Apprenticeships: Get Training and Get Paid at the Same Time!

February 22, 2023

An apprenticeship is training that combines on-the-job experience with classroom instruction. Individuals in apprenticeship programs get direct, relevant experience in their chosen career and advance in the profession as they learn. Apprentices graduate fully trained in their field – and not as an entry-level worker.

Benefits: It is a terrific way to earn a living wage and pursue higher education at the same time! With a registered apprenticeship, you receive:

A paycheck: From day one, you will earn a paycheck guaranteed to increase over time as you learn new skills.

Hands-on career training: You will receive practical on-the-job training in a wide selection of programs.

An education: You’ll receive hands-on training and have the potential to earn college credit, even an associate or bachelor’s degree, in many cases paid for by your employer.

A career: Once you complete your apprenticeship, you will be on your way to a successful long-term career with a competitive salary and little or no educational debt.

National industry certification: When you graduate from a career training program, you’ll be certified and can take your certification anywhere in the U.S.

What You Need to Become an Apprentice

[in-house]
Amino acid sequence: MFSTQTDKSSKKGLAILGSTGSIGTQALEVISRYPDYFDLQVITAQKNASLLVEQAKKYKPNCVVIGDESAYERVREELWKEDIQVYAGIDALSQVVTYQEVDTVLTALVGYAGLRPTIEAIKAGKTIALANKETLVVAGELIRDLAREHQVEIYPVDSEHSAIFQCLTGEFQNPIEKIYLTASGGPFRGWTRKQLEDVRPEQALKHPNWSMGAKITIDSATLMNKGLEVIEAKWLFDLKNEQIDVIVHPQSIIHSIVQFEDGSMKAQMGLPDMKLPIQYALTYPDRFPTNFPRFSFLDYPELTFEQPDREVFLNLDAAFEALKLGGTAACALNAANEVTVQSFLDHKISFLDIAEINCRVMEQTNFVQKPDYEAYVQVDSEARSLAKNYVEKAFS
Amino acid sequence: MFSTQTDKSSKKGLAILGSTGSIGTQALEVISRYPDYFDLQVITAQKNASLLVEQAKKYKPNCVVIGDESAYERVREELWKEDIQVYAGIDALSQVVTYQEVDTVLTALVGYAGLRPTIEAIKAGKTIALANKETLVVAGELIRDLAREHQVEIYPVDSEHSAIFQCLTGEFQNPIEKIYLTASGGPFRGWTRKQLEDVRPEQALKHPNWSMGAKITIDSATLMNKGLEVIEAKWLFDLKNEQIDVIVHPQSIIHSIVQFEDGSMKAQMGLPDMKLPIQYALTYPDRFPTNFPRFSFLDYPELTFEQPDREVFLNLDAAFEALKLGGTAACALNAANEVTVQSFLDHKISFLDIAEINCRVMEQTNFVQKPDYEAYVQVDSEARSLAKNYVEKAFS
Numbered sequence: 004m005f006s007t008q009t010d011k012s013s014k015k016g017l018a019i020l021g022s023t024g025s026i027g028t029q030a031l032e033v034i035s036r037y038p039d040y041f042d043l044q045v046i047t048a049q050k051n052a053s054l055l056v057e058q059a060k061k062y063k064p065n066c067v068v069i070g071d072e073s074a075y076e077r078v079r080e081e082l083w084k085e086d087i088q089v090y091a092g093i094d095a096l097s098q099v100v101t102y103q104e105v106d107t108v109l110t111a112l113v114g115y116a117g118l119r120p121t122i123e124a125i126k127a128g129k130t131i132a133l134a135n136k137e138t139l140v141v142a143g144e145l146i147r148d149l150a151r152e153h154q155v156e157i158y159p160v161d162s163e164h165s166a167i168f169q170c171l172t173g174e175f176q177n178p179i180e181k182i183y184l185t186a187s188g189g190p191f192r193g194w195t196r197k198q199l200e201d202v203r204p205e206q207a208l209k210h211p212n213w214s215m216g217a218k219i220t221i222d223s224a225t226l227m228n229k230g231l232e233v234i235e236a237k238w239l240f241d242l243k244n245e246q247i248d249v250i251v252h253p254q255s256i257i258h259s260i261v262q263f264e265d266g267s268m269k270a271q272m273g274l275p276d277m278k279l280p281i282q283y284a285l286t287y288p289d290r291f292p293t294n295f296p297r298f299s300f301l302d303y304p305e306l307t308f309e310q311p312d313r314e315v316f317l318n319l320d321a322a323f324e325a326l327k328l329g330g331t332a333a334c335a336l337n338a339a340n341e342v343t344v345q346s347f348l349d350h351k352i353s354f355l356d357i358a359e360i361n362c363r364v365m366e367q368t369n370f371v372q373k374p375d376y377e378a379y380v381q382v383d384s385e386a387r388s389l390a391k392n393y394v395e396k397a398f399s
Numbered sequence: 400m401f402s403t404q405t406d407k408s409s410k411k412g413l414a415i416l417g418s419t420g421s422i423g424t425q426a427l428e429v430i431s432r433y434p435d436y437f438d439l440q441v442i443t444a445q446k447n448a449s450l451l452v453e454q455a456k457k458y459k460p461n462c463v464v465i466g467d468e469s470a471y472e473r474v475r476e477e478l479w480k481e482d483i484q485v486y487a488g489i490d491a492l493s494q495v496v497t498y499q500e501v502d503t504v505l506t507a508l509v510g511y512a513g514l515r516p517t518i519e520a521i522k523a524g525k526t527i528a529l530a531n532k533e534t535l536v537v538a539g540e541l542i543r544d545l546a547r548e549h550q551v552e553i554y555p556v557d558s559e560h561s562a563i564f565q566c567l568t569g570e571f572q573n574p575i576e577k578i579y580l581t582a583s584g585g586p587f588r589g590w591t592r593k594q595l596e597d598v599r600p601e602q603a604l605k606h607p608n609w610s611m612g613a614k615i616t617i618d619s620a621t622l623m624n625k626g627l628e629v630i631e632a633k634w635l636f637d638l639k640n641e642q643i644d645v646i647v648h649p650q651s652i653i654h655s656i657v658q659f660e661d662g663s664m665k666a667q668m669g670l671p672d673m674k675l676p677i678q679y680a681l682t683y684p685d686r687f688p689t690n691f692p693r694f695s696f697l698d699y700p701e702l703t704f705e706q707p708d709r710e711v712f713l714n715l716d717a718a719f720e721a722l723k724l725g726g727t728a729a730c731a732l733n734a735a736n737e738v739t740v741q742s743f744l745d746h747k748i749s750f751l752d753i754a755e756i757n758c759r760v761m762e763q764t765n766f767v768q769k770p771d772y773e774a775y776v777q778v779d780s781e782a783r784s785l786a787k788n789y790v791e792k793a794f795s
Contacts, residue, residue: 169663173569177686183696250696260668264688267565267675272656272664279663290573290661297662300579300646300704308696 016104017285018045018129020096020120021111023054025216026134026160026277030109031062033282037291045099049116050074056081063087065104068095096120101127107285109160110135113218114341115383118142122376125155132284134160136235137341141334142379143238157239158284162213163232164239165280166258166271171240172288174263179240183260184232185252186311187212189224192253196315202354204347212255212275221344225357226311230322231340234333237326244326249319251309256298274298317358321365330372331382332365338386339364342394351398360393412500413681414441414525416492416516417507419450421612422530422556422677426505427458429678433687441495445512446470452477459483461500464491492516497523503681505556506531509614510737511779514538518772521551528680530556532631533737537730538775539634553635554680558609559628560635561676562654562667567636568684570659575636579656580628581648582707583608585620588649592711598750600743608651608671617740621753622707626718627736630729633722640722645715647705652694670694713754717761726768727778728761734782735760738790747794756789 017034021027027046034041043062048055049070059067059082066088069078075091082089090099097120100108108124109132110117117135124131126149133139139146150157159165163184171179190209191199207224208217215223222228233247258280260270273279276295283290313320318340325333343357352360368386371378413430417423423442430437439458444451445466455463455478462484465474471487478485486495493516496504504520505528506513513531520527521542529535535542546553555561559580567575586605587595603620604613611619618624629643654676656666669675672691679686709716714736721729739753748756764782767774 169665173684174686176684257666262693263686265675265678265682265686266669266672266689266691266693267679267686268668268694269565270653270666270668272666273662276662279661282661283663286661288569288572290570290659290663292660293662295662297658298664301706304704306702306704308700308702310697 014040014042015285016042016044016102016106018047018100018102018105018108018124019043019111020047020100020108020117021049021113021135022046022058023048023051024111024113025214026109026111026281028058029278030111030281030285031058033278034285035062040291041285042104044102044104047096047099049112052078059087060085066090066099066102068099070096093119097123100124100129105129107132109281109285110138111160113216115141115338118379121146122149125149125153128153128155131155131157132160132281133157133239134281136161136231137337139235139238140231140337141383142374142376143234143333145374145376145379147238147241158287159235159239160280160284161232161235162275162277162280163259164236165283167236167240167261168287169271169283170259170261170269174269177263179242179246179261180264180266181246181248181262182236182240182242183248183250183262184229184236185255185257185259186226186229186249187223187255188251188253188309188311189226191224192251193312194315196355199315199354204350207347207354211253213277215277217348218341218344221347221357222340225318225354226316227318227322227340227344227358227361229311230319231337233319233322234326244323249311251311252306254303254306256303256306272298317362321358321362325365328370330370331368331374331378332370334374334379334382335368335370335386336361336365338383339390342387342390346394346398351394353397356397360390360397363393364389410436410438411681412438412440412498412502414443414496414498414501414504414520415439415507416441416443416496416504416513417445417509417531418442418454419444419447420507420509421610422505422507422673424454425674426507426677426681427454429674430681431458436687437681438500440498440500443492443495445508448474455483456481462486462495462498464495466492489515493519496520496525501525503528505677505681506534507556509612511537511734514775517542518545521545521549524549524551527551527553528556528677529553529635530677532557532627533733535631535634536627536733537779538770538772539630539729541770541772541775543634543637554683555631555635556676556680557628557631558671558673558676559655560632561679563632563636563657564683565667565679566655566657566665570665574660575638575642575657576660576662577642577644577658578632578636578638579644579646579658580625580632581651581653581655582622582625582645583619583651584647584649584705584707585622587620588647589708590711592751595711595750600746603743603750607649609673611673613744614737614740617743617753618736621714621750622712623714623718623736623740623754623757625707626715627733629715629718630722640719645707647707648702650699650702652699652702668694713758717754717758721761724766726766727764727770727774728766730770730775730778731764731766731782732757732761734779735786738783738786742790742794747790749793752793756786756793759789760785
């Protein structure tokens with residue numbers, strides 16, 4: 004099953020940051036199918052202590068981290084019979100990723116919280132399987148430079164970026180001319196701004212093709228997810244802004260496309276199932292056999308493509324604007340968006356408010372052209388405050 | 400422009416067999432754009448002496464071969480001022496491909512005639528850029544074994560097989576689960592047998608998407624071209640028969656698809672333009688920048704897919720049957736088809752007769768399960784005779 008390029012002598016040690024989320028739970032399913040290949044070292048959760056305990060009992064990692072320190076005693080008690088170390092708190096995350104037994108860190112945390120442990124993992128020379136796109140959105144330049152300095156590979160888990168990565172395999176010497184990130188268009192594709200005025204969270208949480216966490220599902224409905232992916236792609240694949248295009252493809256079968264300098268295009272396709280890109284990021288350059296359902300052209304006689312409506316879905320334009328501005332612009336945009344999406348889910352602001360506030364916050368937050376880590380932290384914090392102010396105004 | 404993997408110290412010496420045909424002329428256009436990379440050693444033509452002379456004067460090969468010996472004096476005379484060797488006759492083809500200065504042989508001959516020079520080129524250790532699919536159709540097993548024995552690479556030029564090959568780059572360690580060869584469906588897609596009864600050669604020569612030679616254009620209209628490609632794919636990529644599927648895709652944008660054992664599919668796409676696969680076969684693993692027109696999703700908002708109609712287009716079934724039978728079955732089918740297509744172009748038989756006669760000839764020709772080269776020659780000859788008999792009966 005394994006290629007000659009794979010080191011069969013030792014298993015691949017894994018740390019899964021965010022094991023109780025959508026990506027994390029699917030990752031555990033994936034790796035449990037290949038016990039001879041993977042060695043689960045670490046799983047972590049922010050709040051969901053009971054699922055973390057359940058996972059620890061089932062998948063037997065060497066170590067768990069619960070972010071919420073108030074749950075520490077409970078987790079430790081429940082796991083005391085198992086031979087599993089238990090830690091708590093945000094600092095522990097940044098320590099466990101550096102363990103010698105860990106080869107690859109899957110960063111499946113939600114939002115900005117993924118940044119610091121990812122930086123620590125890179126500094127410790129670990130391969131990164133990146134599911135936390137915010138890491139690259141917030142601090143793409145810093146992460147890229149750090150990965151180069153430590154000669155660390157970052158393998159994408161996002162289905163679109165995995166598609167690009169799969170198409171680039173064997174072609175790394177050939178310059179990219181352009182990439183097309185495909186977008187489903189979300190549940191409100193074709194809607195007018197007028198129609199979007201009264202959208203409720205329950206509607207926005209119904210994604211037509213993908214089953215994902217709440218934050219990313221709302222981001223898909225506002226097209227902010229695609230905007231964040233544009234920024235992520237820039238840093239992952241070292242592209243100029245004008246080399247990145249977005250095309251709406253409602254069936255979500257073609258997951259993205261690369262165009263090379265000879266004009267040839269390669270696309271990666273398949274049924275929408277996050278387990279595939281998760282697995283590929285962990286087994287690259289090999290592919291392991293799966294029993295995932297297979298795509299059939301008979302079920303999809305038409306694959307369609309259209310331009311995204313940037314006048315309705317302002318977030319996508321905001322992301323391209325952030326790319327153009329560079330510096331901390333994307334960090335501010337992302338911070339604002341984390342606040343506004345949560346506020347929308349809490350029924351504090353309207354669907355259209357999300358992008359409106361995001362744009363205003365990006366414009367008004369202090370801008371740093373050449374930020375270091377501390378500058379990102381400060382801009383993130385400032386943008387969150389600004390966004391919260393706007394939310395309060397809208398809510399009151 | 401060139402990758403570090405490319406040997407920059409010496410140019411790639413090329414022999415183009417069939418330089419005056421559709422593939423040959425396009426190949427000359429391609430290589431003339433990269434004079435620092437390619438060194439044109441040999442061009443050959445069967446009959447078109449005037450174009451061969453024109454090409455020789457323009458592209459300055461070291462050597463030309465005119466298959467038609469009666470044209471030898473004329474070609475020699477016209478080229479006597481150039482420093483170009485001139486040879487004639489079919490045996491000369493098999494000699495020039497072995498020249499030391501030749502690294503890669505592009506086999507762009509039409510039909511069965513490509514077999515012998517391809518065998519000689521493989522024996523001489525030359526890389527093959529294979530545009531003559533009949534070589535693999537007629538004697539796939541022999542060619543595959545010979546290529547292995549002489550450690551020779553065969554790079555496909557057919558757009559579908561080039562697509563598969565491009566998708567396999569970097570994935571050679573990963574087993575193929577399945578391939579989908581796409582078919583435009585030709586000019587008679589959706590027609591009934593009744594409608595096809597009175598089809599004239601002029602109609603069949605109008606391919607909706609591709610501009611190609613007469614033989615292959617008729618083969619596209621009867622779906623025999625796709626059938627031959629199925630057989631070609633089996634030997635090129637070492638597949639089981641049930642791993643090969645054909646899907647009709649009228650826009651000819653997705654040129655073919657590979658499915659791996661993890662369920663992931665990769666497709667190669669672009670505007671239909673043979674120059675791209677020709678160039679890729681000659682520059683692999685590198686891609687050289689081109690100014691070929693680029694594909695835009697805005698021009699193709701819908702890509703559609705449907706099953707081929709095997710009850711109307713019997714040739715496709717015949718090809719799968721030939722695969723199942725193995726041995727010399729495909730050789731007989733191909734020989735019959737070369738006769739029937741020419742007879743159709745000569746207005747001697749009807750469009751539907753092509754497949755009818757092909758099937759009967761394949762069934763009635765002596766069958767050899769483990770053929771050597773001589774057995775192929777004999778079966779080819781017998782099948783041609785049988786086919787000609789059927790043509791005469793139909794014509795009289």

High school diploma or GED
Math & Science Grades: C or Better
Reliable Transportation
Good Attitude & Work Ethic
18 Years of Age or Older

When you apply for an apprenticeship program, it is important to be prepared! Pre-apprenticeship programs exist to make you a better candidate when you go to apply for an apprenticeship. They can help guide you through the résumé and interview process and give you a heads-up on what to expect as an apprentice and tradesperson. They will also expose you to many different career options. Some pre-apprenticeship programs are free, while others are available at community colleges for a small fee, and they are stretched out over several weeks or months. For more information, visit

You can also contact your local community college and ask them about their apprenticeship and trade-related programs. If you need to brush up on your algebra, science, or writing skills – or take a placement test – community colleges are a great resource. They also often have information on the different trades and can provide contacts within the apprenticeship programs.

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